- A volcanic eruption in Indonesia is intensifying
- More than 22,000 people have been evacuated from Mount Sinabung area
- No casualties have been reported
- Authorities considering expanding "danger zone" if eruptions get bigger
A volcanic eruption in Indonesia that has displaced more than 22,000 people is intensifying, local authorities say.
Mount Sinabung, which began spewing gas in September after a three-year slumber, has erupted over 220 times this week.
The hot ashes and smoke have caused pyroclastic flows -- a fast-moving mass of gas and rocks -- to stretch to seven kilometers down the southeast slope of the 2,600 meter (8,530 foot) mountain in North Sumatra. Last week, flows reached three kilometers.
The local government is still able to cope with the disaster, and no casualties have been reported according to Sutopo Purwo Nugroho, spokesman for Indonesia's national agency for disaster management.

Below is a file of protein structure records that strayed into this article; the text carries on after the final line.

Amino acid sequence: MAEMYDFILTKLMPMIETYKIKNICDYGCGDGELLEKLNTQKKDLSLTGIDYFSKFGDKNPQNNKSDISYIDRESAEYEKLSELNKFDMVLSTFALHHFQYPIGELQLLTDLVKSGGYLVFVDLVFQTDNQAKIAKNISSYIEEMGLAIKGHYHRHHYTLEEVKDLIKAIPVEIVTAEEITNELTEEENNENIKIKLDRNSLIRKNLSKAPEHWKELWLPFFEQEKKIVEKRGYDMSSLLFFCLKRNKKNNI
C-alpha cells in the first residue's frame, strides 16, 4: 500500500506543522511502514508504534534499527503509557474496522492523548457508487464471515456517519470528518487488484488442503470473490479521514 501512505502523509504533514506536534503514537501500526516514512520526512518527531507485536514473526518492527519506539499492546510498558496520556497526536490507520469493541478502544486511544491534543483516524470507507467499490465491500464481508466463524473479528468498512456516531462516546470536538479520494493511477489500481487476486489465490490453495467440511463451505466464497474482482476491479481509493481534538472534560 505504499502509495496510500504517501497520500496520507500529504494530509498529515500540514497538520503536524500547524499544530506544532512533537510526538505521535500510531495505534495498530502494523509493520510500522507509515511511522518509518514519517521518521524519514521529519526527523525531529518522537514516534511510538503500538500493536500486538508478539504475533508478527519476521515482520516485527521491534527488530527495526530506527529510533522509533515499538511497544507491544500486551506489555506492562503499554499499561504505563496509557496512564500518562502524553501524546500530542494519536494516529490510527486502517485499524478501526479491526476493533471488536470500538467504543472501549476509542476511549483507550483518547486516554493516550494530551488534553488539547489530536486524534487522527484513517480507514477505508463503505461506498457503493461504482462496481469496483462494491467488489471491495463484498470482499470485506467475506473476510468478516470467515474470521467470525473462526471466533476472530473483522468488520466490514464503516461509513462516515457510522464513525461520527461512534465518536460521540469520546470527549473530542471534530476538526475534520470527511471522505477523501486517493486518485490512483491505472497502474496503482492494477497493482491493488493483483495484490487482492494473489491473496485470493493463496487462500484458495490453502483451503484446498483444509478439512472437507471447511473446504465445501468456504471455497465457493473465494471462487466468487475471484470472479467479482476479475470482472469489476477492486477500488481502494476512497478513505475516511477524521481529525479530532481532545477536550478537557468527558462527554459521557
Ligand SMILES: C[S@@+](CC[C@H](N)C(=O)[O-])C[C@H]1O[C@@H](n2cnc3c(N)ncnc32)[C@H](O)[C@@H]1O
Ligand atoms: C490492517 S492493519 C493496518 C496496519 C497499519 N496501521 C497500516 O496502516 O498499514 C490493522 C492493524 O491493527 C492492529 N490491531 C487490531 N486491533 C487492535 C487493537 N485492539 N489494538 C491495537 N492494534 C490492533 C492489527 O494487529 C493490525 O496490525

The government has evacuated more than 22,000 people to 34 temporary camps.
However one area, housing at least 1,000 residents, still lacks necessary provisions and shelter.
The displaced say they have urgent need for baby formula, clean water and gas, said local aid coordinator in Jambur Siabang-abang.
A national emergency hasn't been declared, but the government is prepared for the "worst case scenario."
In case of bigger eruptions, the danger zone would be extended to a radius of 10 kilometers from 5 to 7 kilometers currently.
If the zone is enlarged, Nugroho estimates that 59,000 people would have to be evacuated.